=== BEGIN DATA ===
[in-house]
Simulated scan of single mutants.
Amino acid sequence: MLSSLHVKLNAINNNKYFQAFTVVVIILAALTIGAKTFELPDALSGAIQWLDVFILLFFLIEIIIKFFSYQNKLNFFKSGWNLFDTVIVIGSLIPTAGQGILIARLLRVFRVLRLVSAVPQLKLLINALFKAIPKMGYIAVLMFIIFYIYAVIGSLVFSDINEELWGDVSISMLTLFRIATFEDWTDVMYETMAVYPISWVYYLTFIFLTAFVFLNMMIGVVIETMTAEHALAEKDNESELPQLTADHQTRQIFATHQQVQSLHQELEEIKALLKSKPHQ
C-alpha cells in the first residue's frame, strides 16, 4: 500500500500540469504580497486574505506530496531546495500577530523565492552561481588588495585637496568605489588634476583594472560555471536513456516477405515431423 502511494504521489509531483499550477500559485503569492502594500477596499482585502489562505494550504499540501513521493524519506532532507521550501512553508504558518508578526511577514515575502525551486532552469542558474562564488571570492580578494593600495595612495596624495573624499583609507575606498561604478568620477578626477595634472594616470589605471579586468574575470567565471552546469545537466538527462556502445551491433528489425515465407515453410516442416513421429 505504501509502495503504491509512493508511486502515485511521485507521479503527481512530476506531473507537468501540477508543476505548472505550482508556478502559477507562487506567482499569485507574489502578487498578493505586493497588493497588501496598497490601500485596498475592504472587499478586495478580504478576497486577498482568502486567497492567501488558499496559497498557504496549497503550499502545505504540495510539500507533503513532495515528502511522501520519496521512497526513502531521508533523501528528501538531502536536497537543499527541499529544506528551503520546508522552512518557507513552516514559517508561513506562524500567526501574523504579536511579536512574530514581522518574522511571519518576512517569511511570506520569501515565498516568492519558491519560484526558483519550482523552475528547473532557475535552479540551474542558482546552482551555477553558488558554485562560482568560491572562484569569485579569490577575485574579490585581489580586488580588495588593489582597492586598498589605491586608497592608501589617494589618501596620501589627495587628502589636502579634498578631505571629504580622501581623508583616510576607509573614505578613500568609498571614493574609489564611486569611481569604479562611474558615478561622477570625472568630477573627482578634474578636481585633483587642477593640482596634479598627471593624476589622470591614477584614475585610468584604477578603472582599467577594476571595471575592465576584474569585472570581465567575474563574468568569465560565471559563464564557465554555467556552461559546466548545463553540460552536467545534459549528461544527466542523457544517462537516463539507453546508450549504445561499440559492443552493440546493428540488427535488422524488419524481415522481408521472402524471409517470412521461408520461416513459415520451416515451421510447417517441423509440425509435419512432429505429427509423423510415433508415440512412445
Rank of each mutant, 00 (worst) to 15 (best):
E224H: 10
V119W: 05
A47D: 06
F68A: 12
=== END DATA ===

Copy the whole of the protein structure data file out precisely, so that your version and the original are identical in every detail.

[in-house]
Simulated scan of single mutants.
Amino acid sequence: MLSSLHVKLNAINNNKYFQAFTVVVIILAALTIGAKTFELPDALSGAIQWLDVFILLFFLIEIIIKFFSYQNKLNFFKSGWNLFDTVIVIGSLIPTAGQGILIARLLRVFRVLRLVSAVPQLKLLINALFKAIPKMGYIAVLMFIIFYIYAVIGSLVFSDINEELWGDVSISMLTLFRIATFEDWTDVMYETMAVYPISWVYYLTFIFLTAFVFLNMMIGVVIETMTAEHALAEKDNESELPQLTADHQTRQIFATHQQVQSLHQELEEIKALLKSKPHQ
C-alpha cells in the first residue's frame, strides 16, 4: 500500500500540469504580497486574505506530496531546495500577530523565492552561481588588495585637496568605489588634476583594472560555471536513456516477405515431423 502511494504521489509531483499550477500559485503569492502594500477596499482585502489562505494550504499540501513521493524519506532532507521550501512553508504558518508578526511577514515575502525551486532552469542558474562564488571570492580578494593600495595612495596624495573624499583609507575606498561604478568620477578626477595634472594616470589605471579586468574575470567565471552546469545537466538527462556502445551491433528489425515465407515453410516442416513421429 505504501509502495503504491509512493508511486502515485511521485507521479503527481512530476506531473507537468501540477508543476505548472505550482508556478502559477507562487506567482499569485507574489502578487498578493505586493497588493497588501496598497490601500485596498475592504472587499478586495478580504478576497486577498482568502486567497492567501488558499496559497498557504496549497503550499502545505504540495510539500507533503513532495515528502511522501520519496521512497526513502531521508533523501528528501538531502536536497537543499527541499529544506528551503520546508522552512518557507513552516514559517508561513506562524500567526501574523504579536511579536512574530514581522518574522511571519518576512517569511511570506520569501515565498516568492519558491519560484526558483519550482523552475528547473532557475535552479540551474542558482546552482551555477553558488558554485562560482568560491572562484569569485579569490577575485574579490585581489580586488580588495588593489582597492586598498589605491586608497592608501589617494589618501596620501589627495587628502589636502579634498578631505571629504580622501581623508583616510576607509573614505578613500568609498571614493574609489564611486569611481569604479562611474558615478561622477570625472568630477573627482578634474578636481585633483587642477593640482596634479598627471593624476589622470591614477584614475585610468584604477578603472582599467577594476571595471575592465576584474569585472570581465567575474563574468568569465560565471559563464564557465554555467556552461559546466548545463553540460552536467545534459549528461544527466542523457544517462537516463539507453546508450549504445561499440559492443552493440546493428540488427535488422524488419524481415522481408521472402524471409517470412521461408520461416513459415520451416515451421510447417517441423509440425509435419512432429505429427509423423510415433508415440512412445
Rank of each mutant, 00 (worst) to 15 (best):
E224H: 10
V119W: 05
A47D: 06
F68A: 12